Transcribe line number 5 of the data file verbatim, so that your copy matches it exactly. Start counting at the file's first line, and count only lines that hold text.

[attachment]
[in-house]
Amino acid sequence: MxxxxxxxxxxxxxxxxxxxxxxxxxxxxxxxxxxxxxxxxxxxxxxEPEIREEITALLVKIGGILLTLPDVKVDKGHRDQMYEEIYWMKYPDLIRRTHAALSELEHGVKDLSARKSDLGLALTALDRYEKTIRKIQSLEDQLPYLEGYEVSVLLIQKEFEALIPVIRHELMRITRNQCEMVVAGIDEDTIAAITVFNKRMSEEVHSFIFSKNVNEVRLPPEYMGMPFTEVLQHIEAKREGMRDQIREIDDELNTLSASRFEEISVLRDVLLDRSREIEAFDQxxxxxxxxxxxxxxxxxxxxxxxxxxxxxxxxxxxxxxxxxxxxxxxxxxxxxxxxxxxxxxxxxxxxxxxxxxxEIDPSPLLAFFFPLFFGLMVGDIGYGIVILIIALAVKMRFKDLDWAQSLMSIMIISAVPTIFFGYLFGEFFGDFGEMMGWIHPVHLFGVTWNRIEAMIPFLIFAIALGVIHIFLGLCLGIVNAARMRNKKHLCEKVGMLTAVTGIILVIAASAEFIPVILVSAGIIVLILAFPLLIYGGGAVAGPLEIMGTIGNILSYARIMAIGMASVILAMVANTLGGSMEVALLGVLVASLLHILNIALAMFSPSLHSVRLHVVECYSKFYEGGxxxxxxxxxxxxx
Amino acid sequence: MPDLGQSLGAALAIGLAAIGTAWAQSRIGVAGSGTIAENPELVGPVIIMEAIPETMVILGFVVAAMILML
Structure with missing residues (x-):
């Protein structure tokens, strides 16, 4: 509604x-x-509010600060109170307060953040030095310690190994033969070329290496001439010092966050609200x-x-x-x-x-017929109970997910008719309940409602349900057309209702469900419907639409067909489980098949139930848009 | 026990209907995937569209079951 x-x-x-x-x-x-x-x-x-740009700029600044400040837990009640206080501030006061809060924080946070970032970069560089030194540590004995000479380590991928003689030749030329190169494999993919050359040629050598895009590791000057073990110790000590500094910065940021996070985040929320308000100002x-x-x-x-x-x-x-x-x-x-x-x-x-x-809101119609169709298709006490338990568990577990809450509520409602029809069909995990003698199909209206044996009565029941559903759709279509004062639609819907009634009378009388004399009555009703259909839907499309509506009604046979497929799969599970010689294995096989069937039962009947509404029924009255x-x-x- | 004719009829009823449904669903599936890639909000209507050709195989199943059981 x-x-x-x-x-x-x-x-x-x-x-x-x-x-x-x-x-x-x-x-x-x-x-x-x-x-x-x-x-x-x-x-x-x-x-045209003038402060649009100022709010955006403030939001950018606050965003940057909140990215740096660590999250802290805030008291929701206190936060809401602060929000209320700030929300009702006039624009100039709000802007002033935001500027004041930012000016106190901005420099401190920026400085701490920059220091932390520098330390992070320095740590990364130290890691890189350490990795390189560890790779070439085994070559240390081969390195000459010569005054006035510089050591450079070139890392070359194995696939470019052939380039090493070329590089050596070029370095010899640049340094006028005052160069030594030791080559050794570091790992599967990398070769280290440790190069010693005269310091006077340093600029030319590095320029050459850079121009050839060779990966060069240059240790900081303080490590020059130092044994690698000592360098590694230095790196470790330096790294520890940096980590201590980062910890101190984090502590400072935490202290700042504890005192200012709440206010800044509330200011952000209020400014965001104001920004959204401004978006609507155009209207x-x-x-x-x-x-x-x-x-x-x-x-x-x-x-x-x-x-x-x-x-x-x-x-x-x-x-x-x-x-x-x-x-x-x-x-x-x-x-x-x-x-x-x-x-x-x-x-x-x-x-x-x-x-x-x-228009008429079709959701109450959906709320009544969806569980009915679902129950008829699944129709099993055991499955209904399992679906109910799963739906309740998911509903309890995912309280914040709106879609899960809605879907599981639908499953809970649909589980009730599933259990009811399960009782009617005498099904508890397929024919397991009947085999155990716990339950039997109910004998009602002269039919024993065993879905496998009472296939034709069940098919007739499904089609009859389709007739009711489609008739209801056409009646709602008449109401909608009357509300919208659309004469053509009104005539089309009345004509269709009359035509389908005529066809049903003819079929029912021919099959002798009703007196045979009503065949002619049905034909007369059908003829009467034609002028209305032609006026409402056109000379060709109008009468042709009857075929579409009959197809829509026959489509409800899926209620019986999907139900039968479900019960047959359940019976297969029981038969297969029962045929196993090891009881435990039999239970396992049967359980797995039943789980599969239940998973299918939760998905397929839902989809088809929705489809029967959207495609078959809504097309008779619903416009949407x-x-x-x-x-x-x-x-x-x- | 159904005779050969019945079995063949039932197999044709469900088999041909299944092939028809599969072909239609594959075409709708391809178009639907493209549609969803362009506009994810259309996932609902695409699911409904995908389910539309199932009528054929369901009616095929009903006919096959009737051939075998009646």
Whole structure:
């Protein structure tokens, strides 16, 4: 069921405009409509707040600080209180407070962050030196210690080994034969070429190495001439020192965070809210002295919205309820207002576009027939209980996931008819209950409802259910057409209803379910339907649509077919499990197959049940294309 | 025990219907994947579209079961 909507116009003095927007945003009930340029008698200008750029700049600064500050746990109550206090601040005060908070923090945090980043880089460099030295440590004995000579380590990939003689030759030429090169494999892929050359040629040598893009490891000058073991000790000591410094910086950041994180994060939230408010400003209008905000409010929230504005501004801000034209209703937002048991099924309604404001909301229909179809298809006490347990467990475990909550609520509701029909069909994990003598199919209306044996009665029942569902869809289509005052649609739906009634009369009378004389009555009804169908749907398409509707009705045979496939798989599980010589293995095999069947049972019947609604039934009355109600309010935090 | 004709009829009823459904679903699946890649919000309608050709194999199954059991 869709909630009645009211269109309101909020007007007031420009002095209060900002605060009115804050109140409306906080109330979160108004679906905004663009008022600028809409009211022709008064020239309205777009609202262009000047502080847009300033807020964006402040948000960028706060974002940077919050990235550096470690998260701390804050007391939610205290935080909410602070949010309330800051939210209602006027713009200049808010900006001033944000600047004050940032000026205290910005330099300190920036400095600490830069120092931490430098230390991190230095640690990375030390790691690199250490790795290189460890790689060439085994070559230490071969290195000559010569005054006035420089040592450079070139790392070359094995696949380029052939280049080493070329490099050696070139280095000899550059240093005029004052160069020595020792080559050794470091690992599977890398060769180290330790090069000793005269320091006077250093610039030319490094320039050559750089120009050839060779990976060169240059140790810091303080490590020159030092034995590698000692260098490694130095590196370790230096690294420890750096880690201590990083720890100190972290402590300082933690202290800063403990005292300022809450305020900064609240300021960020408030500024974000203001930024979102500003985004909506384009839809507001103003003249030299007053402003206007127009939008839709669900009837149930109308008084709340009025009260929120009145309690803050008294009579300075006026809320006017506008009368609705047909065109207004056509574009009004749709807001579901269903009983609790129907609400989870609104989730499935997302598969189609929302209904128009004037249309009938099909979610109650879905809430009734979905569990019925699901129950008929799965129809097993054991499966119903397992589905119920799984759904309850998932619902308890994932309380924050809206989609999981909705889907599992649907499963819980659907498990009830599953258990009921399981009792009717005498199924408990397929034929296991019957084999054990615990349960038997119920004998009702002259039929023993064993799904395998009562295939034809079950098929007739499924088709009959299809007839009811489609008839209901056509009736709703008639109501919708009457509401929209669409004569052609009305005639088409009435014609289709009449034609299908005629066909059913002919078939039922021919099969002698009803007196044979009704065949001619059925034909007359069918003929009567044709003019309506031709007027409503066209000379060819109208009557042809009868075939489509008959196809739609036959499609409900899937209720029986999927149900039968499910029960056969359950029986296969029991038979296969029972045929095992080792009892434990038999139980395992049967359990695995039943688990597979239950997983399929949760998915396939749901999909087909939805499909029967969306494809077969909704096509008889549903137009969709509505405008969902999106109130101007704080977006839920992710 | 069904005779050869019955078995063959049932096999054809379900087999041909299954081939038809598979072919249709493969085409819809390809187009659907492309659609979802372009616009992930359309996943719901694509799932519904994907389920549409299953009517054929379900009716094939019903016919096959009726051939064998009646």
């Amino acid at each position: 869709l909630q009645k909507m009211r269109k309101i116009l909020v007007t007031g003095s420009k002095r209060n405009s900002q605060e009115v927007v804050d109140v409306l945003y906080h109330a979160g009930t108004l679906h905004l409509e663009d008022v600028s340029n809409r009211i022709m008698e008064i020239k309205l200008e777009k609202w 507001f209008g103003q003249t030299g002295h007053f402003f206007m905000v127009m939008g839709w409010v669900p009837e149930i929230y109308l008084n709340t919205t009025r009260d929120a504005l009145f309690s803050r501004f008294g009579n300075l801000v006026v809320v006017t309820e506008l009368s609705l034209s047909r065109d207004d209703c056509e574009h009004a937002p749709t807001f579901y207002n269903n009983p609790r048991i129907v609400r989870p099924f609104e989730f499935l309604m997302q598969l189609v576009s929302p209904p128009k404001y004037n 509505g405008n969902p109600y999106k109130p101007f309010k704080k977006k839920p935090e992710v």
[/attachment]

């Protein structure tokens, strides 16, 4: 509604x-x-509010600060109170307060953040030095310690190994033969070329290496001439010092966050609200x-x-x-x-x-017929109970997910008719309940409602349900057309209702469900419907639409067909489980098949139930848009 | 026990209907995937569209079951 x-x-x-x-x-x-x-x-x-740009700029600044400040837990009640206080501030006061809060924080946070970032970069560089030194540590004995000479380590991928003689030749030329190169494999993919050359040629050598895009590791000057073990110790000590500094910065940021996070985040929320308000100002x-x-x-x-x-x-x-x-x-x-x-x-x-x-809101119609169709298709006490338990568990577990809450509520409602029809069909995990003698199909209206044996009565029941559903759709279509004062639609819907009634009378009388004399009555009703259909839907499309509506009604046979497929799969599970010689294995096989069937039962009947509404029924009255x-x-x- | 004719009829009823449904669903599936890639909000209507050709195989199943059981 x-x-x-x-x-x-x-x-x-x-x-x-x-x-x-x-x-x-x-x-x-x-x-x-x-x-x-x-x-x-x-x-x-x-x-045209003038402060649009100022709010955006403030939001950018606050965003940057909140990215740096660590999250802290805030008291929701206190936060809401602060929000209320700030929300009702006039624009100039709000802007002033935001500027004041930012000016106190901005420099401190920026400085701490920059220091932390520098330390992070320095740590990364130290890691890189350490990795390189560890790779070439085994070559240390081969390195000459010569005054006035510089050591450079070139890392070359194995696939470019052939380039090493070329590089050596070029370095010899640049340094006028005052160069030594030791080559050794570091790992599967990398070769280290440790190069010693005269310091006077340093600029030319590095320029050459850079121009050839060779990966060069240059240790900081303080490590020059130092044994690698000592360098590694230095790196470790330096790294520890940096980590201590980062910890101190984090502590400072935490202290700042504890005192200012709440206010800044509330200011952000209020400014965001104001920004959204401004978006609507155009209207x-x-x-x-x-x-x-x-x-x-x-x-x-x-x-x-x-x-x-x-x-x-x-x-x-x-x-x-x-x-x-x-x-x-x-x-x-x-x-x-x-x-x-x-x-x-x-x-x-x-x-x-x-x-x-x-228009008429079709959701109450959906709320009544969806569980009915679902129950008829699944129709099993055991499955209904399992679906109910799963739906309740998911509903309890995912309280914040709106879609899960809605879907599981639908499953809970649909589980009730599933259990009811399960009782009617005498099904508890397929024919397991009947085999155990716990339950039997109910004998009602002269039919024993065993879905496998009472296939034709069940098919007739499904089609009859389709007739009711489609008739209801056409009646709602008449109401909608009357509300919208659309004469053509009104005539089309009345004509269709009359035509389908005529066809049903003819079929029912021919099959002798009703007196045979009503065949002619049905034909007369059908003829009467034609002028209305032609006026409402056109000379060709109008009468042709009857075929579409009959197809829509026959489509409800899926209620019986999907139900039968479900019960047959359940019976297969029981038969297969029962045929196993090891009881435990039999239970396992049967359980797995039943789980599969239940998973299918939760998905397929839902989809088809929705489809029967959207495609078959809504097309008779619903416009949407x-x-x-x-x-x-x-x-x-x- | 159904005779050969019945079995063949039932197999044709469900088999041909299944092939028809599969072909239609594959075409709708391809178009639907493209549609969803362009506009994810259309996932609902695409699911409904995908389910539309199932009528054929369901009616095929009903006919096959009737051939075998009646």